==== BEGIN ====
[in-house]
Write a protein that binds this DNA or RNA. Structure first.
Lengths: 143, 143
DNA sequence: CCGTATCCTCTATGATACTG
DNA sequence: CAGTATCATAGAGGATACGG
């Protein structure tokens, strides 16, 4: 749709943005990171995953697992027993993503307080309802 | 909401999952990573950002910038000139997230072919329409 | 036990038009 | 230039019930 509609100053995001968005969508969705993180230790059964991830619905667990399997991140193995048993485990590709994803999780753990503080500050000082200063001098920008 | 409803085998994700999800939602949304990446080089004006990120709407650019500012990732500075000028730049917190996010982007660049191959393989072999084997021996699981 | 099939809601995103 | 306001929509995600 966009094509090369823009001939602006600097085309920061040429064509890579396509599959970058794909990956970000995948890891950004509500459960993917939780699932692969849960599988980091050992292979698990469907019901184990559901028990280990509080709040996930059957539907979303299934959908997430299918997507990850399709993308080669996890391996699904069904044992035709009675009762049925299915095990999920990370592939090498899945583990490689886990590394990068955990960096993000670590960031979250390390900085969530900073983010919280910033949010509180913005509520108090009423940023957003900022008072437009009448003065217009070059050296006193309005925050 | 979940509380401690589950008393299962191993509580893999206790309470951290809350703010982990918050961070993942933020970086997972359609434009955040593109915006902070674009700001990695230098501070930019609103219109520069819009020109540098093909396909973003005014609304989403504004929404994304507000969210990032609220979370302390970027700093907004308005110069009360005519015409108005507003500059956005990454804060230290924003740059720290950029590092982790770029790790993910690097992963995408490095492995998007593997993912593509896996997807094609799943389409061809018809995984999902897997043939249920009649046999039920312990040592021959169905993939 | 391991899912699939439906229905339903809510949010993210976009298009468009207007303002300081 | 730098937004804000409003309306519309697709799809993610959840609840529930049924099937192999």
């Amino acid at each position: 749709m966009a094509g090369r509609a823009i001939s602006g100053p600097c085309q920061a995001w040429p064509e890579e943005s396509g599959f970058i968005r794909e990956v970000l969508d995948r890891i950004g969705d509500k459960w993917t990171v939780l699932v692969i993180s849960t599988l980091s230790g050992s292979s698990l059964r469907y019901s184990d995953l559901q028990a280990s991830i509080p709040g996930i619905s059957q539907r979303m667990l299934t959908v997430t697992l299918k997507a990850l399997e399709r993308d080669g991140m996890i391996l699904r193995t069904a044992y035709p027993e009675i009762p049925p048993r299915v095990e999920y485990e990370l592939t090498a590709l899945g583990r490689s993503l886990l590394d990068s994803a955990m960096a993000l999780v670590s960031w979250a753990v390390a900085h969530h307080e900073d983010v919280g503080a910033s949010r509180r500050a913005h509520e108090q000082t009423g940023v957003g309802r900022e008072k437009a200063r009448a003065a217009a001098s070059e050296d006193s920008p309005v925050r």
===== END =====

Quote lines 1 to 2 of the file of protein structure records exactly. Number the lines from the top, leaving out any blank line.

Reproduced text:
[in-house]
Write a protein that binds this DNA or RNA. Structure first.